Posted by: 3pomjaeger3 | 20 August 2013

20 August: Storms and then more storms

ImageThe view from the tower early this morning, shortly before it started raining the first time.  All photographs copyright on 20 August 2013 by Tony Leukering.

While the raptor show was not stellar, the weather show was, with numerous thunderstorms popping up.  Most of these were on or beyond the barrier islands, but visitor Marvin and I got rained/drizzled on at least three times, the first time being accompanied by a rainbow, as the eastern sky was mostly clear.  Then, when a T-storm started bearing down on the tower after 1 pm, I bailed, not anxious to make the acquaintance of a lightning bolt.  In late morning, a water spout/tornado was visible for >10 minutes out over Trinity Bay, but my photographs did not turn out so well.  But, I still name it Bird of the Day!

miki-subad-smithpoint-8-20-13-tl-1-cropscreen-lowresUnfortunately, this second-year Mississippi Kite (note the mix of gray body plumage and banded tail and the newly-replaced inner primaries) was the only migrating raptor counted today.  At least, unlike most raptors on the weekend, this bird took the typical migrant trajectory across in front of the tower and down the Point, never to be seen again.

Unlike the raptor show, the tiny, bouncy, long-tailed passerine show was pretty good (see below).  At Marvin’s arrival, he noted a Crested Caracara perched in the E motte.  Other birds of interest included the continuing Yellow-billed Cuckoo in front of the tower, an Empidonax flycatcher that did not perch still quite long enough for definitive ID, and a duo of Upland Sandpipers that deigned to fly low and close enough for us to slap eyeballs on ’em!  Late in the count day (which ended early), the various thunderheads and actual raining storms seemed to force the Magnificent Frigatebirds to within sight of the tower, and I scored a season-high tally of 35!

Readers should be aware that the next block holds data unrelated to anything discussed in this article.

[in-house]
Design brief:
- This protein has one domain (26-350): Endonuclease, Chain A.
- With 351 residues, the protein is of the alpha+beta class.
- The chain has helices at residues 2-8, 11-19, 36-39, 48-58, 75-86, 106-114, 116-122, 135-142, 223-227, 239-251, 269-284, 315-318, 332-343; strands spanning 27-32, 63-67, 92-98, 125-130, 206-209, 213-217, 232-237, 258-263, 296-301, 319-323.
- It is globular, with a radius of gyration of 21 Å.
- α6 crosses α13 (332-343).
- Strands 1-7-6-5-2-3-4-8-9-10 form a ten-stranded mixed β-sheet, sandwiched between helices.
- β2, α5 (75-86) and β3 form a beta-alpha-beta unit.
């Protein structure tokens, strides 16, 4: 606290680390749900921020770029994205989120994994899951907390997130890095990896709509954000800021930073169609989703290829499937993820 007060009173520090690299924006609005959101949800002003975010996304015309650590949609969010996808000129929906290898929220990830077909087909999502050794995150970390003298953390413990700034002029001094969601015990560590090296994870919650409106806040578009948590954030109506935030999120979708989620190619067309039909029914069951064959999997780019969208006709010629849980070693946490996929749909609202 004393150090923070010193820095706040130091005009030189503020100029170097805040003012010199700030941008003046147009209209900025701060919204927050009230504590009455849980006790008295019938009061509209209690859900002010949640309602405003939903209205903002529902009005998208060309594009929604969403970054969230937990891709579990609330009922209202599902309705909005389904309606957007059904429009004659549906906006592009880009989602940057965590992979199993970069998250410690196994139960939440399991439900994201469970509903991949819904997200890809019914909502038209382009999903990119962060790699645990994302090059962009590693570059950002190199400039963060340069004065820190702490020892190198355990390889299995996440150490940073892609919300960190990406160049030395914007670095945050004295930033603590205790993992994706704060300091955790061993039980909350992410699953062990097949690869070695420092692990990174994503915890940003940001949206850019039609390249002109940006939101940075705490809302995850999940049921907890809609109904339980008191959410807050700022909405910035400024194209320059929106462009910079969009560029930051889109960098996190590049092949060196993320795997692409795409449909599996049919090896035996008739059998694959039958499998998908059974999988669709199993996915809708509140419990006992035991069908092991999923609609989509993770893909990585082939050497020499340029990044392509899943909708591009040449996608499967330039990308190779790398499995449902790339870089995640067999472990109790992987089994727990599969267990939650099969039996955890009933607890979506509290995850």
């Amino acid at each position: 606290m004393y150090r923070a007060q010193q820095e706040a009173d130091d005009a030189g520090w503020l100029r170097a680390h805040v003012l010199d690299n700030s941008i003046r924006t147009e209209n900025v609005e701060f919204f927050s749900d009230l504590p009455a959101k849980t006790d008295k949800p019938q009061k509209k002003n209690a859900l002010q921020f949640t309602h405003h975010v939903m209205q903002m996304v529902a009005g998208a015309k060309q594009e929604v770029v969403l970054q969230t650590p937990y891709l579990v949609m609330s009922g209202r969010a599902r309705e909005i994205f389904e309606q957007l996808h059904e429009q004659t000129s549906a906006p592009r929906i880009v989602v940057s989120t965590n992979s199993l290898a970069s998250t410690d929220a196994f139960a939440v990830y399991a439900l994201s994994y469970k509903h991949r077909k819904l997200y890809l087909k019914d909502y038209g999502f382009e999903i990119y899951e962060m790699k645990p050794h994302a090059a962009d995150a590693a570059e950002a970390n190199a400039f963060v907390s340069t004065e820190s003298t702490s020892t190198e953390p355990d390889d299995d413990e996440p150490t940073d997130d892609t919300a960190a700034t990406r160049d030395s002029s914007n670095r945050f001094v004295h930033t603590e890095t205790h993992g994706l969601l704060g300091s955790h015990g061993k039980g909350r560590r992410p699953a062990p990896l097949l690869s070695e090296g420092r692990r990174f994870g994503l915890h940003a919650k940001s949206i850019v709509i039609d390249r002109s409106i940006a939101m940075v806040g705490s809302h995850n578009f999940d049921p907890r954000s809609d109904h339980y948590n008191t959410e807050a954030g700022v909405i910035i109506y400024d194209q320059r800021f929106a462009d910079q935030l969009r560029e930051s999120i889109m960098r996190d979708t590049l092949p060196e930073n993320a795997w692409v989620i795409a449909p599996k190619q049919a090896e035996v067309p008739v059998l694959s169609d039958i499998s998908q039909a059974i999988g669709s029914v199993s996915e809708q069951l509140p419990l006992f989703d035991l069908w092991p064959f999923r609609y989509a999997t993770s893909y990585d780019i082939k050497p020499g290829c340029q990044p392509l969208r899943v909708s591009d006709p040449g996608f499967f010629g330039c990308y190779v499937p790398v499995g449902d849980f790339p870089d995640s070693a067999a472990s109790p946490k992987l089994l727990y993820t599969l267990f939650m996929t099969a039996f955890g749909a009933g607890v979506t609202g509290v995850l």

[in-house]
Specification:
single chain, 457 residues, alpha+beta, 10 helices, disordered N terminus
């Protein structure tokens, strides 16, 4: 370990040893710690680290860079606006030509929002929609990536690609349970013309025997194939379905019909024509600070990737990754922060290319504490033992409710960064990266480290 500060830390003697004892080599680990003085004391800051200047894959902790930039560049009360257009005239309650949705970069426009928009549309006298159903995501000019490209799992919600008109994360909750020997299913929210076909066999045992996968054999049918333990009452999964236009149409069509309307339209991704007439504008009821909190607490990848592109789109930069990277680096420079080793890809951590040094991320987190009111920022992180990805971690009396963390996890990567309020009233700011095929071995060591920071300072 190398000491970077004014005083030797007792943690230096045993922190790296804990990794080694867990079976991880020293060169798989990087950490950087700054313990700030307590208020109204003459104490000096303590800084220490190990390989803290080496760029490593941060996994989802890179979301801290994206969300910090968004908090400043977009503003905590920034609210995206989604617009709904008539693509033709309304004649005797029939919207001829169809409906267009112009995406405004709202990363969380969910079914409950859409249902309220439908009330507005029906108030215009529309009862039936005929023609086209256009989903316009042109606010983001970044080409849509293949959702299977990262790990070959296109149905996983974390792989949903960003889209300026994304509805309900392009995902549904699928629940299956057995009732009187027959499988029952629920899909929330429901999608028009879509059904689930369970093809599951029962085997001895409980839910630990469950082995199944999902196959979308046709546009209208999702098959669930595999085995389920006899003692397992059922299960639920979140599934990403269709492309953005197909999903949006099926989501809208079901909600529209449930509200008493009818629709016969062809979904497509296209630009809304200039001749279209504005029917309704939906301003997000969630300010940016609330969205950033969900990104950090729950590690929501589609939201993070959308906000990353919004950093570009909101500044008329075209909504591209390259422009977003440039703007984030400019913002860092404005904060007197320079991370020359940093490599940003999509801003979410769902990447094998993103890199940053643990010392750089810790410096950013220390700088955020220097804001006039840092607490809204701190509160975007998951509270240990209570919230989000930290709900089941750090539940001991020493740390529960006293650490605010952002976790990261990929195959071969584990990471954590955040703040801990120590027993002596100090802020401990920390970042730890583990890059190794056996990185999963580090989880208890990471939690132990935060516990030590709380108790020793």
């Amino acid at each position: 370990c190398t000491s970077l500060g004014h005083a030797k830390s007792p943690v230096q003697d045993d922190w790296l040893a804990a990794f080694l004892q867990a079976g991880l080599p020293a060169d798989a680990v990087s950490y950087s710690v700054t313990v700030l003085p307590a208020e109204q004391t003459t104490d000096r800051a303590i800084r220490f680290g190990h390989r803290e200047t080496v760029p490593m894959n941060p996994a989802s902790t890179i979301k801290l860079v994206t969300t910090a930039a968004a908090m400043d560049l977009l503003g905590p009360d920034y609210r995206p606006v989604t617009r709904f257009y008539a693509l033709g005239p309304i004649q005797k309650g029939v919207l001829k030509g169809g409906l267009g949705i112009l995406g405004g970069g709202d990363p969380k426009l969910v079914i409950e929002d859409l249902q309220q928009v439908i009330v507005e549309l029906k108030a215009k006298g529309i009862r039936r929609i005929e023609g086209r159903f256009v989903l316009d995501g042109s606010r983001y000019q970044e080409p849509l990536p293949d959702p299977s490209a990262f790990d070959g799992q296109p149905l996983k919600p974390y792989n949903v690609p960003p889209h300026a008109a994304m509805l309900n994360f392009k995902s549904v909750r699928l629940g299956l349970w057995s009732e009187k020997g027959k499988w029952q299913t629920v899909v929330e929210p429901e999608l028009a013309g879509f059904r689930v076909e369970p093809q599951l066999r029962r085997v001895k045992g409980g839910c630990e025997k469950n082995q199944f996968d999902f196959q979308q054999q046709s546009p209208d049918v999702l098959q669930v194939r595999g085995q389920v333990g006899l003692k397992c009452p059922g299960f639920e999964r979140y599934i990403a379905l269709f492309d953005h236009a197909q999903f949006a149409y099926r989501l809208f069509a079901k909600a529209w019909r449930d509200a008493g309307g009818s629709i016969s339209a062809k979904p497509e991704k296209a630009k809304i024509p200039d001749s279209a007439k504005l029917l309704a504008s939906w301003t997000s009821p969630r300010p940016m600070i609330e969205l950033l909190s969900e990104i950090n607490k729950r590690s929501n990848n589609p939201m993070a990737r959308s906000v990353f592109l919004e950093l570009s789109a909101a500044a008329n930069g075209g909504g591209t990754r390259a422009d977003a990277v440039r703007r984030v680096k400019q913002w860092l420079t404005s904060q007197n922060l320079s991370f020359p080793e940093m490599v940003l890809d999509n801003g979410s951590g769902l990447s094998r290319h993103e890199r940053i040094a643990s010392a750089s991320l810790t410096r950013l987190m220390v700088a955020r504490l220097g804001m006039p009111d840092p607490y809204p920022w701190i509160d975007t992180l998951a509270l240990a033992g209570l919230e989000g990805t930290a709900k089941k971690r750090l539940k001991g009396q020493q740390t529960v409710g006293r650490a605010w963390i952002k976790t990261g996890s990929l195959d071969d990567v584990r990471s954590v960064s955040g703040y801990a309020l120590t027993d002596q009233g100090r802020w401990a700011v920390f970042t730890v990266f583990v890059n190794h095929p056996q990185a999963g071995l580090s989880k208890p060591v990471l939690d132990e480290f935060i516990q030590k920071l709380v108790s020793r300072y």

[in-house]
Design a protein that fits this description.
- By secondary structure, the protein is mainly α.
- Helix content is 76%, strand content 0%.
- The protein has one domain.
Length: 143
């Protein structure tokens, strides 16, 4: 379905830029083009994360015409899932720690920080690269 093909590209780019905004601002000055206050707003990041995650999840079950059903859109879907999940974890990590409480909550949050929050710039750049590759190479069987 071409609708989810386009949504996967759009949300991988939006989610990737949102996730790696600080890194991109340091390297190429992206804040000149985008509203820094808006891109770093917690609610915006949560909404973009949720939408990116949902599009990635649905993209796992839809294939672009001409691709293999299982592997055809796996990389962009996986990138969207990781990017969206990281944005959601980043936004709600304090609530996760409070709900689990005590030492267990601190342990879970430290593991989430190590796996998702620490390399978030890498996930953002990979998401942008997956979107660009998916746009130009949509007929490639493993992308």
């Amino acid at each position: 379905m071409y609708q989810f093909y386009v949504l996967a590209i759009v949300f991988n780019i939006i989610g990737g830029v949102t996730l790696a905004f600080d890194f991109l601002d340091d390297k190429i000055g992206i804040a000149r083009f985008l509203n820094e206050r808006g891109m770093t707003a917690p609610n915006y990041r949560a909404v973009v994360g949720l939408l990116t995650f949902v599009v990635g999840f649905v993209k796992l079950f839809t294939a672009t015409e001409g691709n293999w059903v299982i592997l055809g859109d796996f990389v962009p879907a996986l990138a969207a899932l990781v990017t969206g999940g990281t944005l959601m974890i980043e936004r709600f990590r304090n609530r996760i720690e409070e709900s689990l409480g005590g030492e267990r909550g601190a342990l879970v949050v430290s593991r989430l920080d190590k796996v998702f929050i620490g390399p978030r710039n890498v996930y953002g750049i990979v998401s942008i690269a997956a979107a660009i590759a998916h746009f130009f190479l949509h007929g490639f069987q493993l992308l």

Blue-gray Gnatcatcher tally:  88

mafr-smithpoint-8-20-13-tl-1-cropscreen-lowresThree of the 35 Magnificent Frigatebirds tallied from the tower during threatening skies.

caeg-ad-smithpoint-8-20-13-tl-1-cropscreen-lowresAn adult Cattle Egret that flew directly over the tower, nearly giving me too little time to steal its soul; but not quite!

Today’s eBird checklist

Finally, the conclusion to the mystery accipiter from Sunday (18 August).  To summarize, an adult(ish) accipiter soared over the tower that, upon first glance seemed to be a very early Sharp-shinned Hawk, but when I put my binocular on it, I felt that it was the most Sharpie-like Cooper’s Hawk that I’d ever seen.  I took pictures of it — unfortunately, it was fairly high — and sent them for review.  While many (most?) birders might disagree with my raptor-pro friend and me, I’m calling it a male Cooper’s Hawk.

coha-ad-m-smithpoint-8-18-13-tl1-cropscreen-lowres coha-ad-m-smithpoint-8-18-13-tl2-cropscreen-lowres

Yes, the tail looks pretty square and the white tip is thin.  The tail base, too, is narrow.  But, there is a suggestion that the outermost tail feather (at least on one side) is shorter than the rest, the leading edge of the wings is very straight (without the typical Sharpie jutting wrists), and the head projects quite well, unlike the small, sunk-into-the-shoulders head of Sharp-shinned.  Finally, the bird is in wing molt (it has replaced the five inner primaries, is growing the sixth, and has the outer four old), which strongly suggests (but does not prove) that it is a local adult, thus a Cooper’s Hawk.  With a closer bird, I could have gotten better photos that would have enabled a much closer view of the tail; something that would have helped quite a bit.

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Responses

  1. I agree, Cooper’s Hawk. The wings just look too long for sharpie and the head is too big


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